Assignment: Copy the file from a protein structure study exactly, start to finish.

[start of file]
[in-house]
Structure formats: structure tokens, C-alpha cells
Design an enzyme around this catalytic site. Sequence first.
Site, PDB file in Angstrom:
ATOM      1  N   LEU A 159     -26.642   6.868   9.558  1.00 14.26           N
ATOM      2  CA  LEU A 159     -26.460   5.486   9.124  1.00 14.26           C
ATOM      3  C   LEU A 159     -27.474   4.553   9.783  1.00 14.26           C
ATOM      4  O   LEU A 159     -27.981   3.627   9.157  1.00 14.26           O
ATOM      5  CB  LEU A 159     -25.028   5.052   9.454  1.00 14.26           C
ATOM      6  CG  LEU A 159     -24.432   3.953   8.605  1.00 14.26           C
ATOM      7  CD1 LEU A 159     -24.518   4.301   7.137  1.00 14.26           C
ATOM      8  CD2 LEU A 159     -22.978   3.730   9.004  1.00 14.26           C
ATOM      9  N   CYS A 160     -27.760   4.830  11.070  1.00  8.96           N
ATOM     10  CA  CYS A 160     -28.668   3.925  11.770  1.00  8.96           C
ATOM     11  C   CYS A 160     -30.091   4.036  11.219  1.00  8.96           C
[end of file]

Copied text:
[in-house]
Structure formats: structure tokens, C-alpha cells
Design an enzyme around this catalytic site. Sequence first.
Site, PDB file in Angstrom:
ATOM      1  N   LEU A 159     -26.642   6.868   9.558  1.00 14.26           N
ATOM      2  CA  LEU A 159     -26.460   5.486   9.124  1.00 14.26           C
ATOM      3  C   LEU A 159     -27.474   4.553   9.783  1.00 14.26           C
ATOM      4  O   LEU A 159     -27.981   3.627   9.157  1.00 14.26           O
ATOM      5  CB  LEU A 159     -25.028   5.052   9.454  1.00 14.26           C
ATOM      6  CG  LEU A 159     -24.432   3.953   8.605  1.00 14.26           C
ATOM      7  CD1 LEU A 159     -24.518   4.301   7.137  1.00 14.26           C
ATOM      8  CD2 LEU A 159     -22.978   3.730   9.004  1.00 14.26           C
ATOM      9  N   CYS A 160     -27.760   4.830  11.070  1.00  8.96           N
ATOM     10  CA  CYS A 160     -28.668   3.925  11.770  1.00  8.96           C
ATOM     11  C   CYS A 160     -30.091   4.036  11.219  1.00  8.96           C